O'REILLY: Just say yesIf you have kids, you most likely prayed hard that they would avoid drugs and alcohol. Once a child becomes intoxicated, childhood is over. The young person will never be the same again.
By: Bill O'Reilly, Syndicated columnist
If you have kids, you most likely prayed hard that they would avoid drugs and alcohol. Once a child becomes intoxicated, childhood is over. The young person will never be the same again.
Thus, a sane society does not encourage substance abuse simply in order to protect children. A sane society does not put a happy face on inebriation.
We are not a sane society.
With almost 30 million Americans currently categorized as “substance abusers,” you would think that Nancy Reagan’s “just say no” campaign, which launched in 1983, would be resurrected. But saying no is not what America in 2012 is all about. Saying yes to whatever you want to do is the rule of the day.
Washington state and Colorado have legalized the use of marijuana, and many Americans are celebrating. As Bob Dylan once sang: “everyone must get stoned!” The usual excuses are put forth. It’s a freedom issue. We can tax the drug to get revenue. It will get the criminal element out of it.
But the truth is that legalized pot (or drugs of any kind) creates massive unintended consequences.
In Holland, so many problems have arisen from pot being sold in “coffee shops” that just last week a new law banning the sale of cannabis to “foreigners” was enacted. It seems the streets of Amsterdam, in particular, have become saturated with stoned people doing things outside that should be done inside.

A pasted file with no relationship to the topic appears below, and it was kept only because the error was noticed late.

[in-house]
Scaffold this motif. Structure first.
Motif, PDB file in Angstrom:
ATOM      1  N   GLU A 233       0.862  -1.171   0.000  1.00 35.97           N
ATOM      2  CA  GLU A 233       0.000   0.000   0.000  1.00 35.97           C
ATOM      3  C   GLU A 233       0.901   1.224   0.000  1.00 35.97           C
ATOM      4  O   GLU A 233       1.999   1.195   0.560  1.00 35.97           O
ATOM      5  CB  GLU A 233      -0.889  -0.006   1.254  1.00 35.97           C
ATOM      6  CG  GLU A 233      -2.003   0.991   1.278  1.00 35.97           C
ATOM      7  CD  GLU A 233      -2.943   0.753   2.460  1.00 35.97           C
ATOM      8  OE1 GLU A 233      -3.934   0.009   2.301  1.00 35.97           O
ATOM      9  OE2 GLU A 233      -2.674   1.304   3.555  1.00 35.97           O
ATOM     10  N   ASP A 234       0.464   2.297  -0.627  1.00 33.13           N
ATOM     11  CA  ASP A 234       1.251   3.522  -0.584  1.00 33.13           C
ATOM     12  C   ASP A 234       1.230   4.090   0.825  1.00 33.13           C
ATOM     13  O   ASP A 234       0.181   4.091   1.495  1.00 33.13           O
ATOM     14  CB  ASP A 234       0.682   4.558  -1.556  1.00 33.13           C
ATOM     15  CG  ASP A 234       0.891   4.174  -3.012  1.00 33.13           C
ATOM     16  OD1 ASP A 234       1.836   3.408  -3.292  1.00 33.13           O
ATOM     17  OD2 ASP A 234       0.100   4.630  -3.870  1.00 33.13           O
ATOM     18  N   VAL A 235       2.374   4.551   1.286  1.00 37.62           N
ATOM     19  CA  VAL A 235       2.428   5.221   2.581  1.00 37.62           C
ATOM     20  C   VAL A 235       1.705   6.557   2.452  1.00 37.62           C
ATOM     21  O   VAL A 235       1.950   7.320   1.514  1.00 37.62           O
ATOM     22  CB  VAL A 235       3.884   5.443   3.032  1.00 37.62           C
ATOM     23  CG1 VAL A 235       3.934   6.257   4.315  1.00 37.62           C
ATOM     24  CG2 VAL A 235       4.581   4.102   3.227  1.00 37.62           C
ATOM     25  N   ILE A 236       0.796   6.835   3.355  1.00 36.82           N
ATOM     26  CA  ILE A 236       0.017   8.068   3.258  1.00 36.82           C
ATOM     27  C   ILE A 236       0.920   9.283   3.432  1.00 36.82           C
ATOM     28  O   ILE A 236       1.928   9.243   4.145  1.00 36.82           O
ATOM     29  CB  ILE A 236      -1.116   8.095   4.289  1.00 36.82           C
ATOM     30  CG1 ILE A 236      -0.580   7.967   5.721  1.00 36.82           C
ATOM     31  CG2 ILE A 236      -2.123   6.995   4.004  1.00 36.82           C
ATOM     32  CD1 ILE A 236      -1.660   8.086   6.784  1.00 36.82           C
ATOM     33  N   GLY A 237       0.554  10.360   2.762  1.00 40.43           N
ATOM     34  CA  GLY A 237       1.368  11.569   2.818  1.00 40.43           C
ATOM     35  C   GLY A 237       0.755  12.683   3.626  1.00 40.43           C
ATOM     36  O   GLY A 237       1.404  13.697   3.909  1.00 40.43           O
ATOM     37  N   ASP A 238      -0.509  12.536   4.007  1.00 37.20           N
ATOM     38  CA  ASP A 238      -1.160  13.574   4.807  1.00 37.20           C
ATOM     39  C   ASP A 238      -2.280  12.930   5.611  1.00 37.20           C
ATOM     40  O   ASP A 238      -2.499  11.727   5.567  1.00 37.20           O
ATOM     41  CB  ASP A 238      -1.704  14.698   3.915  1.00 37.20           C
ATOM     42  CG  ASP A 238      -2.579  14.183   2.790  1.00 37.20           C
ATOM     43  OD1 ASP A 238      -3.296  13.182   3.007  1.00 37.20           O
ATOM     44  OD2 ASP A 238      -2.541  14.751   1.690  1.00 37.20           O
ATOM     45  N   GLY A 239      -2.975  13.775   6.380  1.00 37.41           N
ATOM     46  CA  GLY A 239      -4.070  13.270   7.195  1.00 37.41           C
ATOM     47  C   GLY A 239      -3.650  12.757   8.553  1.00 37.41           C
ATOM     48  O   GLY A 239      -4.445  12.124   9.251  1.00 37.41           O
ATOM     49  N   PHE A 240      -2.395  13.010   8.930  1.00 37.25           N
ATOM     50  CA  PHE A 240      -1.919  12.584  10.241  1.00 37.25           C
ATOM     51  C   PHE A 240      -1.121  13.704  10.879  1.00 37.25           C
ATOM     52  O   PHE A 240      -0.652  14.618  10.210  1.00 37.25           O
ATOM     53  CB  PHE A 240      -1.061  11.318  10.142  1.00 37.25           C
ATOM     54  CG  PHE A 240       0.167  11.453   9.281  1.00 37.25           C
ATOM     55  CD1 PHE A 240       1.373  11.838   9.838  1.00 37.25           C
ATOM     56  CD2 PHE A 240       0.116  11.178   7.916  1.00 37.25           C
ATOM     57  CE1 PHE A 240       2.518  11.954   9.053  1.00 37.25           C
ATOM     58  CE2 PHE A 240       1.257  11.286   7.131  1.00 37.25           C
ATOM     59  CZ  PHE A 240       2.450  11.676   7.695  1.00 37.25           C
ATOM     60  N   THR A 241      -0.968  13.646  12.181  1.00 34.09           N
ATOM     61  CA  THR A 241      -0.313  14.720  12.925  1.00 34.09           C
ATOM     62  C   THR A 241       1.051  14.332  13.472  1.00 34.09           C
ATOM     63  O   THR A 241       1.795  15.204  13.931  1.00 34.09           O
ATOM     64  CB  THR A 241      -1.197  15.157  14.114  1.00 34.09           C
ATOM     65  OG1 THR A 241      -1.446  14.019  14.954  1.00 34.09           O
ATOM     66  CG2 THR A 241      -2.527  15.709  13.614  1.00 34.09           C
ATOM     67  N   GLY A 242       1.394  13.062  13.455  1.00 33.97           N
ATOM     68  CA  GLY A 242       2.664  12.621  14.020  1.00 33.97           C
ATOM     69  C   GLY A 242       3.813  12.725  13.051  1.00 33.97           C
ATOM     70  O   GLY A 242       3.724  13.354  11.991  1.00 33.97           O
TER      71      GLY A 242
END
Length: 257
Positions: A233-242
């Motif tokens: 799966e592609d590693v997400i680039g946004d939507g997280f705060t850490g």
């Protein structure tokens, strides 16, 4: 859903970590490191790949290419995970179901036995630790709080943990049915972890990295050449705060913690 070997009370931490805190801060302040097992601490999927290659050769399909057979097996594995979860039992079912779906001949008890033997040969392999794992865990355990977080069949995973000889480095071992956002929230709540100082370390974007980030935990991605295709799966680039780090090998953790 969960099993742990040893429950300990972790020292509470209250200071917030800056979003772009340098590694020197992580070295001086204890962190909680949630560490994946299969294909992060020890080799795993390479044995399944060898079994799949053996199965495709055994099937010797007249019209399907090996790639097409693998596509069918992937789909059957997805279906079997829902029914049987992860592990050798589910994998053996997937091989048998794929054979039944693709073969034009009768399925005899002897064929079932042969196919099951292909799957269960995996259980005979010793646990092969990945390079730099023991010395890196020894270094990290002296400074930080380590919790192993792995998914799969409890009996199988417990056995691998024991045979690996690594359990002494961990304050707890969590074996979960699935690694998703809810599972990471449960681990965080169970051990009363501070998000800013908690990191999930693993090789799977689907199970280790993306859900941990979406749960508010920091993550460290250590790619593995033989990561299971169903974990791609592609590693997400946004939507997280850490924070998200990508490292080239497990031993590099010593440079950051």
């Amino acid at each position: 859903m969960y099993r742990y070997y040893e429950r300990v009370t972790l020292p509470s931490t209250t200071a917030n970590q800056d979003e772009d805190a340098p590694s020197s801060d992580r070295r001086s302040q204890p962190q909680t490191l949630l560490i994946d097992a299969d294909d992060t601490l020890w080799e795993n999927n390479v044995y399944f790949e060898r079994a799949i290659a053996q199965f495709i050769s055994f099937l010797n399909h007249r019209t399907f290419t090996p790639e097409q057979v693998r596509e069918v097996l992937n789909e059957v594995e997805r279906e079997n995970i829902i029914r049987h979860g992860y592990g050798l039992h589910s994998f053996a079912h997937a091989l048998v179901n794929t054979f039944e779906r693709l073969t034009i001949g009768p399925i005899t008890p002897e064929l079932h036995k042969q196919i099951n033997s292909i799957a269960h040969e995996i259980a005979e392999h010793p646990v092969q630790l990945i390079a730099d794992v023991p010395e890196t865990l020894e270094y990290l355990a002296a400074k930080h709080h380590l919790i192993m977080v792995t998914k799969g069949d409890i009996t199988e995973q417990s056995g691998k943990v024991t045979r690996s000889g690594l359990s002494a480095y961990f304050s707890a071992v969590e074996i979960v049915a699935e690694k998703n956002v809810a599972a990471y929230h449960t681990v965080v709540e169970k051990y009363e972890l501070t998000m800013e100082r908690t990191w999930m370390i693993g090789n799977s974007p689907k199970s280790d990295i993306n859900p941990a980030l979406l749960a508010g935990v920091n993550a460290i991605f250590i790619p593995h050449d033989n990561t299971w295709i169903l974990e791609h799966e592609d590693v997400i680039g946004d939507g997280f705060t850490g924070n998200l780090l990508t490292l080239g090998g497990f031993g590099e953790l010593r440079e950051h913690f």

The Netherlands also passed a new law forbidding children from smoking pot IN SCHOOL. That’s right, some of the urchins were getting high between classes. One teacher told the press it’s hard to stop that when pot is being legally sold across the street, where hardcore drug addicts buy it and then sell it to the kids in order to get heroin money.
In Portugal, they have legalized all drugs. The result: drug-related homicides have increased 40 percent. Drug overdoses are up 30 percent.
In Switzerland, drug-related deaths doubled and the health care system was overwhelmed after heroin was made legal in Zurich. The law was rescinded.
But here in the U.S., we are now bullish on pot. Willie Nelson wrote a book glorifying the drug.
Snoop Dogg says he wants to teach his kids how to smoke reefer. And the media in general see marijuana as a harmless diversion. If you are down on pot, you are decidedly uncool.
Fine with me, I’ll risk the stigma. According to the federal government, 8,400 Americans begin using drugs every day, half of them under the age of 18. And 68 percent of folks who become addicted to drugs begin with marijuana. Get the picture?
So celebrate the pot culture if you want. But know you are not helping the kids by taking the high road.